Georgia Democratic gubernatorial candidate Stacey Abrams dismissed criticism from President Donald Trump on Sunday after he called her unqualified to lead the state.
"He's wrong," Abrams said on CNN's "State of the Union." "As President (Barack) Obama pointed out, I am the most qualified candidate running."
Abrams, a graduate of Yale Law School, was the minority leader in the Georgia State House of Representatives and is in a closely fought race against Georgia GOP Secretary of State Brian Kemp to succeed Republican Gov. Nathan Deal.
Trump said recently that Abrams was "not qualified" for the job, and Obama rebutted the point in a visit to the state, calling her the "most experienced, most qualified candidate in this race."
Asked why he did not believe Abrams was qualified, Trump said to "take a look at her past" and "what she wants to do and what she has in mind for the state." He did not elaborate on what he was referring to or provide further evidence on his attack against Abrams.
Trump himself sought and won the presidency with an unconventional background and no prior government experience. He is scheduled to hold a rally for Kemp in Georgia later on Sunday as he travels around the country to boost Republicans in the midterm elections.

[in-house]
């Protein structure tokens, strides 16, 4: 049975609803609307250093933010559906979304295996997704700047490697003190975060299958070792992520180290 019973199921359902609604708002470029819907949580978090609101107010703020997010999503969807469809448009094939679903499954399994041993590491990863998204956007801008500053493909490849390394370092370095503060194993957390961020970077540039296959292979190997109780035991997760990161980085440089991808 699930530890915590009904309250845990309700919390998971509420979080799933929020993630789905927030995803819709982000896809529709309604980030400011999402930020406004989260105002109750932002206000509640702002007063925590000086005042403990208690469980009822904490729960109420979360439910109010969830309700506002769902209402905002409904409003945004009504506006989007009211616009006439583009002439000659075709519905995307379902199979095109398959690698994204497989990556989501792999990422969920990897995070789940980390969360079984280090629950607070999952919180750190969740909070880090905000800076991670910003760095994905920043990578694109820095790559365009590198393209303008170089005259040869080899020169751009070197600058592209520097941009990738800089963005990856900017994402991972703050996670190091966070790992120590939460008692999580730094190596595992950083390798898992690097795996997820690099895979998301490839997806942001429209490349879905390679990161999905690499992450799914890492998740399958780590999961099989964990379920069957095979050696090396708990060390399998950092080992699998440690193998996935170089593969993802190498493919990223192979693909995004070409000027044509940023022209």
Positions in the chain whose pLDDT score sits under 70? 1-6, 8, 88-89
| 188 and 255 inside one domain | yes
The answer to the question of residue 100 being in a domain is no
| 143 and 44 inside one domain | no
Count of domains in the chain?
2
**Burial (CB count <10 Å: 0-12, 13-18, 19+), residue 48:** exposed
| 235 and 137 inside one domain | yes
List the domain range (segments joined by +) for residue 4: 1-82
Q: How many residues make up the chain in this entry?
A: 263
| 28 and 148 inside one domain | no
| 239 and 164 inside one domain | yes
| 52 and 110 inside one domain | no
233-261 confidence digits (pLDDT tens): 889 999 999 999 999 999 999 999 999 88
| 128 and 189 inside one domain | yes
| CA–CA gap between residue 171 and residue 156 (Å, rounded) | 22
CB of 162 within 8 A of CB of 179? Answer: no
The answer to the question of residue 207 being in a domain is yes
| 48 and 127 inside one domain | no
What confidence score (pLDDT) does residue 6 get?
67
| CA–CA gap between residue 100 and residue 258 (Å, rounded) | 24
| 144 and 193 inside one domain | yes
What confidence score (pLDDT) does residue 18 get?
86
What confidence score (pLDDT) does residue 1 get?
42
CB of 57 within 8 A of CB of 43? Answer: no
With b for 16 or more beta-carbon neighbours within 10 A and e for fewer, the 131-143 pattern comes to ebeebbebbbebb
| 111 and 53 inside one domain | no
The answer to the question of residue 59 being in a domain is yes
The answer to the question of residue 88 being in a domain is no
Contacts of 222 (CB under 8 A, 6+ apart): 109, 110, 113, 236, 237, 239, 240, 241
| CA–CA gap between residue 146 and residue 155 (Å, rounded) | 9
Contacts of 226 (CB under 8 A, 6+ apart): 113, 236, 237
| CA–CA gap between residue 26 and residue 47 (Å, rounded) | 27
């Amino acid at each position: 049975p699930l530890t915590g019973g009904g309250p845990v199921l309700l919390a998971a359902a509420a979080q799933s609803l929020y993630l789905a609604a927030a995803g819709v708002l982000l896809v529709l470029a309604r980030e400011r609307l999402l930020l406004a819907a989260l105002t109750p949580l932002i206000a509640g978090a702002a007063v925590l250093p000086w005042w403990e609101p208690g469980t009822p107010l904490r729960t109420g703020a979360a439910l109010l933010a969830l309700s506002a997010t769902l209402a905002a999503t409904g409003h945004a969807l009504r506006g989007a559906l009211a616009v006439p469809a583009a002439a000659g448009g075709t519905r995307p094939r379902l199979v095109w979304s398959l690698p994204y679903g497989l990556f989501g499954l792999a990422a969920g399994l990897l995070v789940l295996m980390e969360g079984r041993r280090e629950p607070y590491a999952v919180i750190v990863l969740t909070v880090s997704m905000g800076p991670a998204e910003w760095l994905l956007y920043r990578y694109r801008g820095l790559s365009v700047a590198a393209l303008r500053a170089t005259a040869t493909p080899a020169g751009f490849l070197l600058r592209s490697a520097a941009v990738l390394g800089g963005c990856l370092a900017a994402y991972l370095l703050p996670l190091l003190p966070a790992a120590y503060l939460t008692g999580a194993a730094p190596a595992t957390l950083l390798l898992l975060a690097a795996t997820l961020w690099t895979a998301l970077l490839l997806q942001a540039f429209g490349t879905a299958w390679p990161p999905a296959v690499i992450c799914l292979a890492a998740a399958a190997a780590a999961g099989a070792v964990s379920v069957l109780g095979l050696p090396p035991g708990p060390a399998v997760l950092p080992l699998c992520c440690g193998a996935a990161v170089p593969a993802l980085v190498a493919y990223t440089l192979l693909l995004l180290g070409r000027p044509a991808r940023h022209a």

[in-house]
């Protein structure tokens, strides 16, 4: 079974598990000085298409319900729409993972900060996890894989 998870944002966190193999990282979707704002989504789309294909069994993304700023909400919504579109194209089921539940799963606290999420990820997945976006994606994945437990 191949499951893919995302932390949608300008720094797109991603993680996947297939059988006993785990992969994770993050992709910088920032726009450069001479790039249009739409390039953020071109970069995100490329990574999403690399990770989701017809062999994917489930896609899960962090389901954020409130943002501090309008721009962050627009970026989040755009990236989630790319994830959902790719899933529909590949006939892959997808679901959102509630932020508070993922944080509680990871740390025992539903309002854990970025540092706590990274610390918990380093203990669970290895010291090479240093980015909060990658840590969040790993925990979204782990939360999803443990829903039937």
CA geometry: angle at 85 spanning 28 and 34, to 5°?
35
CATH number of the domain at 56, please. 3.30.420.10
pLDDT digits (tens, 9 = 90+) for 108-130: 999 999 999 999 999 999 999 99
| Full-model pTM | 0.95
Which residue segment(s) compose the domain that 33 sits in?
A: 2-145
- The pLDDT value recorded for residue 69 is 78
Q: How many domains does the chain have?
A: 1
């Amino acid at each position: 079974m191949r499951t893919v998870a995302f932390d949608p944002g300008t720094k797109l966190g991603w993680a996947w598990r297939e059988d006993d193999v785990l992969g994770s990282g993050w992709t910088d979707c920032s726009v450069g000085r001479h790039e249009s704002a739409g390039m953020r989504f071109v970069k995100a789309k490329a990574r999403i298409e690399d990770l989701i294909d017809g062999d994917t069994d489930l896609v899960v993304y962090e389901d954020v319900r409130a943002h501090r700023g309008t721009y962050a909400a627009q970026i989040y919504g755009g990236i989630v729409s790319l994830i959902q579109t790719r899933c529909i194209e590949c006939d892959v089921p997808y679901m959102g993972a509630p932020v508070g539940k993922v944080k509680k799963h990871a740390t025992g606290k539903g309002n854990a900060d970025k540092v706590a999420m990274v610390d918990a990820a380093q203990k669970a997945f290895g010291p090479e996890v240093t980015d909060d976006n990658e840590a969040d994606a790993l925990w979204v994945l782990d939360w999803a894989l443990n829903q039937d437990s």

In Sunday's interview, Abrams repeatedly expressed confidence she would win the election, a victory that would mean securing a Democratic win in a state that has voted Republican for years and becoming the first African American woman to be governor. She said further that she believed comments like the one from Trump calling her unqualified were evidence of "desperation" on the other side.
"I think desperation tends to lead to, you know, comments that aren't necessarily grounded in reality," Abrams said.
Kemp's office announced on Sunday that it had launched an investigation into the Georgia Democratic Party for potential cyber crime. Abrams said in her interview with CNN that she had not heard about it, but that her initial reaction was to call it a "desperate attempt" by Kemp to distract from a legal battle he has faced as secretary of state overseeing the current election.